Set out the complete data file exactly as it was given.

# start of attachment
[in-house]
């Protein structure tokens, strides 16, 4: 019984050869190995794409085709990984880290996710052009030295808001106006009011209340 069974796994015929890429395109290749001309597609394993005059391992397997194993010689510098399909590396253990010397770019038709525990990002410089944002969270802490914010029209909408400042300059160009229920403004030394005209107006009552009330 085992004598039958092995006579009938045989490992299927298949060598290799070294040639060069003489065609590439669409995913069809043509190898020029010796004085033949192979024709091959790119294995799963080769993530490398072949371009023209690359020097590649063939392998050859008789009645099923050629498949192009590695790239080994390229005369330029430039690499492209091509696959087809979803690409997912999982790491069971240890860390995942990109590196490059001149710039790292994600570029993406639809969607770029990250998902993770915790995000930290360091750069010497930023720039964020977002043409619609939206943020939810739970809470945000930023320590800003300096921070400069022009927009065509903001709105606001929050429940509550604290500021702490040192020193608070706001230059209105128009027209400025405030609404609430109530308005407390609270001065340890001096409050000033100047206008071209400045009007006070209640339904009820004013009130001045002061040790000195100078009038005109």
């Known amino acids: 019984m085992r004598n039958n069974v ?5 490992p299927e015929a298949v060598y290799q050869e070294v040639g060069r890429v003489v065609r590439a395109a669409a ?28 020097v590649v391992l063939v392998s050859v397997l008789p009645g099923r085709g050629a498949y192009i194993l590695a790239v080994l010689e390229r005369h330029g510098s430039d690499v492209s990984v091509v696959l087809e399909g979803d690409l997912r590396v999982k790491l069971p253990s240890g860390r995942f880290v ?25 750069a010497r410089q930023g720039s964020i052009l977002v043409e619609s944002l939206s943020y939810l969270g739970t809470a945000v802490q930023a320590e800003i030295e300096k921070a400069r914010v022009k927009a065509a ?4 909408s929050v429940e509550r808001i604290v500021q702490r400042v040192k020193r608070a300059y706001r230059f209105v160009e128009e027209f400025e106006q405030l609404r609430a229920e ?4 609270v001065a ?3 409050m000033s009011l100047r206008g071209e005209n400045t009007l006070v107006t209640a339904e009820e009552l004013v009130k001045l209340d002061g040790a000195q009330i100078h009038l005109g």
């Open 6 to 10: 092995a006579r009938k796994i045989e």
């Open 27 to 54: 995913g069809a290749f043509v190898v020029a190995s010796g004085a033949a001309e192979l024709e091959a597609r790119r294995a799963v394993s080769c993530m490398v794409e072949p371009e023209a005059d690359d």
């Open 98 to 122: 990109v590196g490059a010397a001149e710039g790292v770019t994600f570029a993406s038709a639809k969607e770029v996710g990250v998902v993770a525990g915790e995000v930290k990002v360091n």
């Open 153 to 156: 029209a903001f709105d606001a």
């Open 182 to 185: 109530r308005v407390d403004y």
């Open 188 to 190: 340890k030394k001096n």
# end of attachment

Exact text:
[in-house]
């Protein structure tokens, strides 16, 4: 019984050869190995794409085709990984880290996710052009030295808001106006009011209340 069974796994015929890429395109290749001309597609394993005059391992397997194993010689510098399909590396253990010397770019038709525990990002410089944002969270802490914010029209909408400042300059160009229920403004030394005209107006009552009330 085992004598039958092995006579009938045989490992299927298949060598290799070294040639060069003489065609590439669409995913069809043509190898020029010796004085033949192979024709091959790119294995799963080769993530490398072949371009023209690359020097590649063939392998050859008789009645099923050629498949192009590695790239080994390229005369330029430039690499492209091509696959087809979803690409997912999982790491069971240890860390995942990109590196490059001149710039790292994600570029993406639809969607770029990250998902993770915790995000930290360091750069010497930023720039964020977002043409619609939206943020939810739970809470945000930023320590800003300096921070400069022009927009065509903001709105606001929050429940509550604290500021702490040192020193608070706001230059209105128009027209400025405030609404609430109530308005407390609270001065340890001096409050000033100047206008071209400045009007006070209640339904009820004013009130001045002061040790000195100078009038005109």
């Known amino acids: 019984m085992r004598n039958n069974v ?5 490992p299927e015929a298949v060598y290799q050869e070294v040639g060069r890429v003489v065609r590439a395109a669409a ?28 020097v590649v391992l063939v392998s050859v397997l008789p009645g099923r085709g050629a498949y192009i194993l590695a790239v080994l010689e390229r005369h330029g510098s430039d690499v492209s990984v091509v696959l087809e399909g979803d690409l997912r590396v999982k790491l069971p253990s240890g860390r995942f880290v ?25 750069a010497r410089q930023g720039s964020i052009l977002v043409e619609s944002l939206s943020y939810l969270g739970t809470a945000v802490q930023a320590e800003i030295e300096k921070a400069r914010v022009k927009a065509a ?4 909408s929050v429940e509550r808001i604290v500021q702490r400042v040192k020193r608070a300059y706001r230059f209105v160009e128009e027209f400025e106006q405030l609404r609430a229920e ?4 609270v001065a ?3 409050m000033s009011l100047r206008g071209e005209n400045t009007l006070v107006t209640a339904e009820e009552l004013v009130k001045l209340d002061g040790a000195q009330i100078h009038l005109g």
């Open 6 to 10: 092995a006579r009938k796994i045989e």
């Open 27 to 54: 995913g069809a290749f043509v190898v020029a190995s010796g004085a033949a001309e192979l024709e091959a597609r790119r294995a799963v394993s080769c993530m490398v794409e072949p371009e023209a005059d690359d």
């Open 98 to 122: 990109v590196g490059a010397a001149e710039g790292v770019t994600f570029a993406s038709a639809k969607e770029v996710g990250v998902v993770a525990g915790e995000v930290k990002v360091n």
């Open 153 to 156: 029209a903001f709105d606001a």
């Open 182 to 185: 109530r308005v407390d403004y």
């Open 188 to 190: 340890k030394k001096n």